I’ve always loved the music of course, but the real meat of the love was the experience. The wild, colorful and encouraged expression, the sweet rootsy Colorado mountain vibe, the raw adventure of the tour – driving across the country to reunite in the high of community, the exchange of story, the songs about those same places that touched my soul – Little Hands, Desert Dawn, Black Clouds…
I still pinch myself when I think back to that time – a sense of total wonder that somehow, someway, my first hula hoop ‘gig’ took place at these shows. Through near-blinding bouts of nerves and excitement, I danced that celebration – the sweet and sour of an era coming to a close and the magnitude of to-be. I wrote then:
Because here I am…or I-AM, rather, after 6+ years of following my favorite band around the country…no – world, with my family and my hoops and even if I tried I couldn’t separate my heart from sight or memory and in retrospect FULLNESS is all I feel and is truly all I take from the experiences of the past 6 years of my life. Pure blissful, contented and grateful, overflowing fullness…
And a lot happens in 3 years. Lives have taken on new flavors; groups dispersed to pursue new passions, we’ve moved, grown, changed, and lived life large. I’ve discovered other communities and new things to stand up for. I’ve learned inside the hoop and out, to delight in the Mystery I was introduced to so long ago. But as it tends to happen, there are some things and some experiences in life you that shape you and leave an imprint – for good or for worse – on the soul of your being. So you can imagine that when String Cheese announced a return to Red Rocks this year, the overwhelming urge was to complete the full circle in dancing prayer. To express my gratitude again and again for having such experiences – made all the sweeter for the passing of time.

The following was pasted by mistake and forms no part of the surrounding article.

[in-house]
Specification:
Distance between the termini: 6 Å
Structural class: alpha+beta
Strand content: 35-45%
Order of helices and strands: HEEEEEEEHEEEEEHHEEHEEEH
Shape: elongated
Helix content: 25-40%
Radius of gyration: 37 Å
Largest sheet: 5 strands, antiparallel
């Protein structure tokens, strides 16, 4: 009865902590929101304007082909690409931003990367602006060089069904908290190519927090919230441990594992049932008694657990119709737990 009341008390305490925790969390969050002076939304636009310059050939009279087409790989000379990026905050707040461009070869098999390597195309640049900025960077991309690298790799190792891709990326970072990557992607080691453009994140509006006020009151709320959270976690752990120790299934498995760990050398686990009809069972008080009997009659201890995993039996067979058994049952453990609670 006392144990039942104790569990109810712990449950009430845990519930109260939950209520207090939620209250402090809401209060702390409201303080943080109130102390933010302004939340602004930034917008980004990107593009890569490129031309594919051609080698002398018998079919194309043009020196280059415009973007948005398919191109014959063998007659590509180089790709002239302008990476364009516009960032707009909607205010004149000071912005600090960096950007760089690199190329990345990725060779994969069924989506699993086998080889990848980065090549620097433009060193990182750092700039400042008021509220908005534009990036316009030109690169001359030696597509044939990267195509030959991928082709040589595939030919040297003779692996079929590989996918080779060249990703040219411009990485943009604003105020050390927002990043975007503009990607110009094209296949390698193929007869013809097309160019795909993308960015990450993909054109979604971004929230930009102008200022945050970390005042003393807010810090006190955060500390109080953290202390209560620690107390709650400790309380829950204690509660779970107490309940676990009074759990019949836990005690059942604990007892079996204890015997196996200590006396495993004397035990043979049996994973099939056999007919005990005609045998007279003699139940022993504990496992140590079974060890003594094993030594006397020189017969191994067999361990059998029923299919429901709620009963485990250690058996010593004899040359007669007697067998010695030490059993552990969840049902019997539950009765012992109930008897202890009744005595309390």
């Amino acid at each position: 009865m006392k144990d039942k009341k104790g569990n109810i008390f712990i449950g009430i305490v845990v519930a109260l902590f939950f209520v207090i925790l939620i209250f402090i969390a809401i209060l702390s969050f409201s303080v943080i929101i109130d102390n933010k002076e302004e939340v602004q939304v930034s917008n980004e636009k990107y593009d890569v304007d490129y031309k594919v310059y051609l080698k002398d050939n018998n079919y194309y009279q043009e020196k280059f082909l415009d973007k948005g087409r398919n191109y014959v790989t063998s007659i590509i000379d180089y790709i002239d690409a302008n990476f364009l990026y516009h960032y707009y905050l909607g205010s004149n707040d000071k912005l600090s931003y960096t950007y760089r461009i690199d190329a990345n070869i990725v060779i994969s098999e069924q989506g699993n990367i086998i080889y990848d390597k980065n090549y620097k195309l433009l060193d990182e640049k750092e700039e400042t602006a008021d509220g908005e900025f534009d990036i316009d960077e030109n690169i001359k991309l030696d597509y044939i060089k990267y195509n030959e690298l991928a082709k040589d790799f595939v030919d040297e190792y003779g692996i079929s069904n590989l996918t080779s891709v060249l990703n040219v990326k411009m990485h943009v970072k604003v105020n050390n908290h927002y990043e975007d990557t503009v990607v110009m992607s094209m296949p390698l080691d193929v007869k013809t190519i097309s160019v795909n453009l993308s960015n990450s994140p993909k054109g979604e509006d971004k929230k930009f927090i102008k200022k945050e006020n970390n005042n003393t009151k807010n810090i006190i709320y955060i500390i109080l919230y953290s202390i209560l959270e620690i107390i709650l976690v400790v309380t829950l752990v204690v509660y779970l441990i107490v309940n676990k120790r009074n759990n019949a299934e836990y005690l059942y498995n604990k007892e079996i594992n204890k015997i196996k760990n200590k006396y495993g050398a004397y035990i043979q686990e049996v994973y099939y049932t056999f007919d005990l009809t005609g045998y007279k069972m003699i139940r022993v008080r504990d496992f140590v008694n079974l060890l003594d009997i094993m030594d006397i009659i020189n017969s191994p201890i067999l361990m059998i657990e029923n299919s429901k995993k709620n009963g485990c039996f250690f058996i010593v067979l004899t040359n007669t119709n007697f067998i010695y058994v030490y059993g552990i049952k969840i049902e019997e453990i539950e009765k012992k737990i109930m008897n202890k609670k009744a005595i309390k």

Last weekend, under a full Aquarian moon, the Guru Purnima moon, I stepped into the light on stage right, standing on the exact spot I did three years ago. The reverberation of the notes of Land’s End rose, growing faster and faster whirling my prayers for my teachers, for the world, for the light residing inside us all, but most of all for the Great Mystery who shows her face inside our great passions, our fantastic experiences, our most intense moments.
When I was ten I stood on the edge of the canyon, eyes filled with tears of wonder in the face of sheer uncertainty. To feel that alive and paradoxically that insignificant, to really feel the gift that is the dance, is what makes a national monument a spiritual experience, or how a band becomes a right of passage.
I’ll leave you with this piece written by Walter Pater in 1868. He describes, so beautifully, the nature of high intervals, the aesthetic experience. May we all find Truth in these exquisite passions…
While all melts under our feet, we may well grasp at any exquisite passion, or any contribution to knowledge that seems by a lifted horizon to set the spirit free for a moment… We have an interval, and then our place knows us no more. Some spend this interval in listlessness, some in high passions, the wisest, at least among “the children of this world,” in art and song. For our one chance lies in expanding that interval, in getting as many pulsations as possible into the given time. Great passions may give us this quickened sense of life, ecstasy and sorrow of love, the various forms of enthusiastic activity, disinterested or otherwise, which come naturally to many of us. Of such wisdom, the poetic passion, the desire of beauty, the love of art for its own sake, has most. For art comes to you proposing frankly to give nothing but the highest quality to your moments as they pass, and simply for those moments’ sake.
Walter Pater, 1868.